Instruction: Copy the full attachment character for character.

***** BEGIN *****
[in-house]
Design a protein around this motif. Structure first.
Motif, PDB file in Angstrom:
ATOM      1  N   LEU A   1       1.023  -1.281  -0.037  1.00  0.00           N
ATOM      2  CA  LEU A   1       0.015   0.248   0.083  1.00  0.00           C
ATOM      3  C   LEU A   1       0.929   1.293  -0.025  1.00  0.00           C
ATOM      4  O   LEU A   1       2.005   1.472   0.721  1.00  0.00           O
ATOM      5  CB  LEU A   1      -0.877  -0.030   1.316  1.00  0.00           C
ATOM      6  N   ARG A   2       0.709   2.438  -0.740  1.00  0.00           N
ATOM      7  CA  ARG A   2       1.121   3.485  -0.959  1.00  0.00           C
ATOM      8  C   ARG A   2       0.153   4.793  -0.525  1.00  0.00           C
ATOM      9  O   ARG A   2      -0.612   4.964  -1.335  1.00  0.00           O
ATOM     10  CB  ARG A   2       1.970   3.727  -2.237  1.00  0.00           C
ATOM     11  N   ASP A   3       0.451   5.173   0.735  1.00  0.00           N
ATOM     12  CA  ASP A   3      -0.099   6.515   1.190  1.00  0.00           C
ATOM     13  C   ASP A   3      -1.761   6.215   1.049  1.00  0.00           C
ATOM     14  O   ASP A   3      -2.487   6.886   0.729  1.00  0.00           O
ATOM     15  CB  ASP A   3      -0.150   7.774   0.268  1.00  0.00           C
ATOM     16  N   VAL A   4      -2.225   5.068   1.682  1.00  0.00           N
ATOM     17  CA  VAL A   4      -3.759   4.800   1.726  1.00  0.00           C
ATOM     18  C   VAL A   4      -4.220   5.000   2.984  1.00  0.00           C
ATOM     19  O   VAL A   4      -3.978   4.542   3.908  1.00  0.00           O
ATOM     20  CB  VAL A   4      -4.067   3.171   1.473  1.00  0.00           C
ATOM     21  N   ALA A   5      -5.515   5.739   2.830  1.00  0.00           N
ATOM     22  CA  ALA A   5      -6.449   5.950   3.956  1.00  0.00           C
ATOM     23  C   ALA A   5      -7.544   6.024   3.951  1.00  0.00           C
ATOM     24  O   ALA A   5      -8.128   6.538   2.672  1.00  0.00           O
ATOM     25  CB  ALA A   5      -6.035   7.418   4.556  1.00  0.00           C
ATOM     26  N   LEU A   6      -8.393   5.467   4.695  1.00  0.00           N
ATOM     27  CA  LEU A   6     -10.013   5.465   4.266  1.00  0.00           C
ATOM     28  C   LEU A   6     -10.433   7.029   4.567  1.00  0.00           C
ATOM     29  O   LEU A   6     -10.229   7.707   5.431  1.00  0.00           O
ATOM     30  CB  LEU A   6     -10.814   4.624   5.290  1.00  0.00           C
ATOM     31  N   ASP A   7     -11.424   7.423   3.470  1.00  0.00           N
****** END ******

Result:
[in-house]
Design a protein around this motif. Structure first.
Motif, PDB file in Angstrom:
ATOM      1  N   LEU A   1       1.023  -1.281  -0.037  1.00  0.00           N
ATOM      2  CA  LEU A   1       0.015   0.248   0.083  1.00  0.00           C
ATOM      3  C   LEU A   1       0.929   1.293  -0.025  1.00  0.00           C
ATOM      4  O   LEU A   1       2.005   1.472   0.721  1.00  0.00           O
ATOM      5  CB  LEU A   1      -0.877  -0.030   1.316  1.00  0.00           C
ATOM      6  N   ARG A   2       0.709   2.438  -0.740  1.00  0.00           N
ATOM      7  CA  ARG A   2       1.121   3.485  -0.959  1.00  0.00           C
ATOM      8  C   ARG A   2       0.153   4.793  -0.525  1.00  0.00           C
ATOM      9  O   ARG A   2      -0.612   4.964  -1.335  1.00  0.00           O
ATOM     10  CB  ARG A   2       1.970   3.727  -2.237  1.00  0.00           C
ATOM     11  N   ASP A   3       0.451   5.173   0.735  1.00  0.00           N
ATOM     12  CA  ASP A   3      -0.099   6.515   1.190  1.00  0.00           C
ATOM     13  C   ASP A   3      -1.761   6.215   1.049  1.00  0.00           C
ATOM     14  O   ASP A   3      -2.487   6.886   0.729  1.00  0.00           O
ATOM     15  CB  ASP A   3      -0.150   7.774   0.268  1.00  0.00           C
ATOM     16  N   VAL A   4      -2.225   5.068   1.682  1.00  0.00           N
ATOM     17  CA  VAL A   4      -3.759   4.800   1.726  1.00  0.00           C
ATOM     18  C   VAL A   4      -4.220   5.000   2.984  1.00  0.00           C
ATOM     19  O   VAL A   4      -3.978   4.542   3.908  1.00  0.00           O
ATOM     20  CB  VAL A   4      -4.067   3.171   1.473  1.00  0.00           C
ATOM     21  N   ALA A   5      -5.515   5.739   2.830  1.00  0.00           N
ATOM     22  CA  ALA A   5      -6.449   5.950   3.956  1.00  0.00           C
ATOM     23  C   ALA A   5      -7.544   6.024   3.951  1.00  0.00           C
ATOM     24  O   ALA A   5      -8.128   6.538   2.672  1.00  0.00           O
ATOM     25  CB  ALA A   5      -6.035   7.418   4.556  1.00  0.00           C
ATOM     26  N   LEU A   6      -8.393   5.467   4.695  1.00  0.00           N
ATOM     27  CA  LEU A   6     -10.013   5.465   4.266  1.00  0.00           C
ATOM     28  C   LEU A   6     -10.433   7.029   4.567  1.00  0.00           C
ATOM     29  O   LEU A   6     -10.229   7.707   5.431  1.00  0.00           O
ATOM     30  CB  LEU A   6     -10.814   4.624   5.290  1.00  0.00           C
ATOM     31  N   ASP A   7     -11.424   7.423   3.470  1.00  0.00           N